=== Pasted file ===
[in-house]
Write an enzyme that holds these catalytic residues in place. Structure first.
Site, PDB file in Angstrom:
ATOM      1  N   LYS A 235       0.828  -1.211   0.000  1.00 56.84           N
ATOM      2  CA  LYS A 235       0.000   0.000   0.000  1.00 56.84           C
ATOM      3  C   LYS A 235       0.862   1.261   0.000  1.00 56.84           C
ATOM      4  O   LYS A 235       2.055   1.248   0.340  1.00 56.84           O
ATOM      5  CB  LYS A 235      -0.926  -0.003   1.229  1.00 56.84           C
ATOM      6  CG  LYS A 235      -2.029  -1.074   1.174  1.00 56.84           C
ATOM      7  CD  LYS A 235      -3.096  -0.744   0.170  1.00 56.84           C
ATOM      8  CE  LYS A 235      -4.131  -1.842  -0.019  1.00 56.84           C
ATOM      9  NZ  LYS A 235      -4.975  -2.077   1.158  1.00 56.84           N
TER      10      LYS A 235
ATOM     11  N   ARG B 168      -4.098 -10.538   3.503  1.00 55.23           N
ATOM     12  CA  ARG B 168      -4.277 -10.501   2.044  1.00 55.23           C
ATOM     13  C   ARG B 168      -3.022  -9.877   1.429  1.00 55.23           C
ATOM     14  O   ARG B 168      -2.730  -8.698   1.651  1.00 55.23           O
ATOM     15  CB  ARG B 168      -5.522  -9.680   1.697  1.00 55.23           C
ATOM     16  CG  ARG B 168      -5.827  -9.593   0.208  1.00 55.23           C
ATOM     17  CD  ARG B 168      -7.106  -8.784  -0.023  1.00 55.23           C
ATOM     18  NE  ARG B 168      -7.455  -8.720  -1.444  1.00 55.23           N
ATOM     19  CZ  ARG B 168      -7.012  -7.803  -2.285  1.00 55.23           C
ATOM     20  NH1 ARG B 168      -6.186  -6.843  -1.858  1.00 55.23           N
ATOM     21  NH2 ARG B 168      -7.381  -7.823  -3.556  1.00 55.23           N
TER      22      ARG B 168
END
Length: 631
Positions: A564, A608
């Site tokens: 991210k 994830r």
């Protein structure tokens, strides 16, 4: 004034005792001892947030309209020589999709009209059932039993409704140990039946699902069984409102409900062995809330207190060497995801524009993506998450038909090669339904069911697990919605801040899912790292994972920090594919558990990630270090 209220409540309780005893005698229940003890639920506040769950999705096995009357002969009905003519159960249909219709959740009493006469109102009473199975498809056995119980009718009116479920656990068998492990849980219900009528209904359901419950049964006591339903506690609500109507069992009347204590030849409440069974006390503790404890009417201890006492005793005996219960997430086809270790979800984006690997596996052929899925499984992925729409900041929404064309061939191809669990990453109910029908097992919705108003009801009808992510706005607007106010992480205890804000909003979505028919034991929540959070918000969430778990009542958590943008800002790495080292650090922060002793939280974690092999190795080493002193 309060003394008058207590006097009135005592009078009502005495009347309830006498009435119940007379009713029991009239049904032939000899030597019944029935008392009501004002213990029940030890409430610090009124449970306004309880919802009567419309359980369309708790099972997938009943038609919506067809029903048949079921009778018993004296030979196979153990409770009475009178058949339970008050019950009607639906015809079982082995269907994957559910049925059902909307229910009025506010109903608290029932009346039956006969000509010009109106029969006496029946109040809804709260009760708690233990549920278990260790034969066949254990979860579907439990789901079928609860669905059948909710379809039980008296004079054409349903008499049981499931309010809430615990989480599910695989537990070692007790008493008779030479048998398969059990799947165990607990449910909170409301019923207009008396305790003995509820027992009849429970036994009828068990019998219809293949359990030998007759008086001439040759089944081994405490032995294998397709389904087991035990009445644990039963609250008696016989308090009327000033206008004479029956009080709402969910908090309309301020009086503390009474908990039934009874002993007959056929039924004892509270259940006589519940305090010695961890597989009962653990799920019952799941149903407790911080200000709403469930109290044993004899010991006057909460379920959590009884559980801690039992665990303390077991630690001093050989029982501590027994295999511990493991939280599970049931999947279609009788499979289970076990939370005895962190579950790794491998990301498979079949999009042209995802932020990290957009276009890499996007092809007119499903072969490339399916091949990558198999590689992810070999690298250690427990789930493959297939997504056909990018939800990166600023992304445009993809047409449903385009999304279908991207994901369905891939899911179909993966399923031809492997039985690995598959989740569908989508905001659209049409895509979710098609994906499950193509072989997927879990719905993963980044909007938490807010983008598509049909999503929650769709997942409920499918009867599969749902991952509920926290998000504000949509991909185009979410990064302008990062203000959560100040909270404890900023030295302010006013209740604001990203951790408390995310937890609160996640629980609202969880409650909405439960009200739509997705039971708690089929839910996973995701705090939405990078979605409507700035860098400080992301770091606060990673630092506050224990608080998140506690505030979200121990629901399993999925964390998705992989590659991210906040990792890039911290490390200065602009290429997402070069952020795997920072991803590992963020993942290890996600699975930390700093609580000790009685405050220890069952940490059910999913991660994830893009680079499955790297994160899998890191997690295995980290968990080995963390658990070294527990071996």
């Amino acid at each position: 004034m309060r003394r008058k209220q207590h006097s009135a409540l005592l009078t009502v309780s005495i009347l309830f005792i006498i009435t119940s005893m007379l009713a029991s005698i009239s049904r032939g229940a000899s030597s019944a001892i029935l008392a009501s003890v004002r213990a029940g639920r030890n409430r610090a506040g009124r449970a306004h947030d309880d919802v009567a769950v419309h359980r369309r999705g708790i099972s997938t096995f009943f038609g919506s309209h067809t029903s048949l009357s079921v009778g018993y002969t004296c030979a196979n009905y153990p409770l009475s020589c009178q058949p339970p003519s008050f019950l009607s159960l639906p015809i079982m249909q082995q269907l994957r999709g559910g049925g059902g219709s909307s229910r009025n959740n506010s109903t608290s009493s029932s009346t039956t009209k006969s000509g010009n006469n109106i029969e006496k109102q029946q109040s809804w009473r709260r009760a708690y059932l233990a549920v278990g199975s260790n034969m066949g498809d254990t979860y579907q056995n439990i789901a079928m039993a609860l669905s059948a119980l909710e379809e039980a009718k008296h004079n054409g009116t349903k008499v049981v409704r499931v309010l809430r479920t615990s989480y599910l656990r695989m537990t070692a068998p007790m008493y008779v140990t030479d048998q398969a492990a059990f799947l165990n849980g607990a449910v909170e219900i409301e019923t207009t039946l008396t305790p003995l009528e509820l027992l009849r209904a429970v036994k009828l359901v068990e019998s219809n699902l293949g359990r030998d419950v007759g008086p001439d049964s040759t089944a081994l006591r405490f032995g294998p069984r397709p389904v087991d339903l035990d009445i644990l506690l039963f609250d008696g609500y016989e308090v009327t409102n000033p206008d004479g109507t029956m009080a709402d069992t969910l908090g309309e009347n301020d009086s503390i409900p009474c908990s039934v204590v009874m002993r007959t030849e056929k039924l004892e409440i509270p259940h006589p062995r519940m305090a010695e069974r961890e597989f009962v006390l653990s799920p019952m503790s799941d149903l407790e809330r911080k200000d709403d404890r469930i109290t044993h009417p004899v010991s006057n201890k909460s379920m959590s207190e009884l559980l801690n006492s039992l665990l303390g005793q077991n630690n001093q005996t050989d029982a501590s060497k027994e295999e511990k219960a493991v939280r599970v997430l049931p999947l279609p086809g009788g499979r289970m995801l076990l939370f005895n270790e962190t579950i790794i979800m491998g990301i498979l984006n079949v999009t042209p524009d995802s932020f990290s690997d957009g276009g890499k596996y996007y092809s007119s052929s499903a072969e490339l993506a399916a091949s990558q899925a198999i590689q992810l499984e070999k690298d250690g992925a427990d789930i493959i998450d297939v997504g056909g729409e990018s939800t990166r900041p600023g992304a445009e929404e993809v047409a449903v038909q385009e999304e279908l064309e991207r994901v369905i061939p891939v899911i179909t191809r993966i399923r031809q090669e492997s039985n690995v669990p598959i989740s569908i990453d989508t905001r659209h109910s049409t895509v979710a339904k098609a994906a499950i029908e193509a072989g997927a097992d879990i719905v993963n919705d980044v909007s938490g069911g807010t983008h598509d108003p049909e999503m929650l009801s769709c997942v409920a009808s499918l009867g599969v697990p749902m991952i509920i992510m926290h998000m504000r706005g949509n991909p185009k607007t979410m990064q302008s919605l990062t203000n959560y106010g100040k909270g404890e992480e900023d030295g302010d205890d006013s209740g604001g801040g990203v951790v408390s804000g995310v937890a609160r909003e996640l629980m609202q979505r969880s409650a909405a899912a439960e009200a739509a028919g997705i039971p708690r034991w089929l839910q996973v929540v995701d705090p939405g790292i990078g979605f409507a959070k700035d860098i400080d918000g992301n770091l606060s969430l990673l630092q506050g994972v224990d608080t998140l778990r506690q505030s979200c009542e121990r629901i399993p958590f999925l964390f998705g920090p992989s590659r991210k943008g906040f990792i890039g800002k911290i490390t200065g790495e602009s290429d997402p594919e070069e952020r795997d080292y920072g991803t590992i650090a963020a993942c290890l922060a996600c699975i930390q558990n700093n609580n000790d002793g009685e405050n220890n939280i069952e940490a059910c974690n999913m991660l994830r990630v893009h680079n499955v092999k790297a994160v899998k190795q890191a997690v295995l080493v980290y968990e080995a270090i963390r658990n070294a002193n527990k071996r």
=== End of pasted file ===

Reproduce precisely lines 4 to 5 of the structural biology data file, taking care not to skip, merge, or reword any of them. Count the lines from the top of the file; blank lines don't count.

ATOM      1  N   LYS A 235       0.828  -1.211   0.000  1.00 56.84           N
ATOM      2  CA  LYS A 235       0.000   0.000   0.000  1.00 56.84           C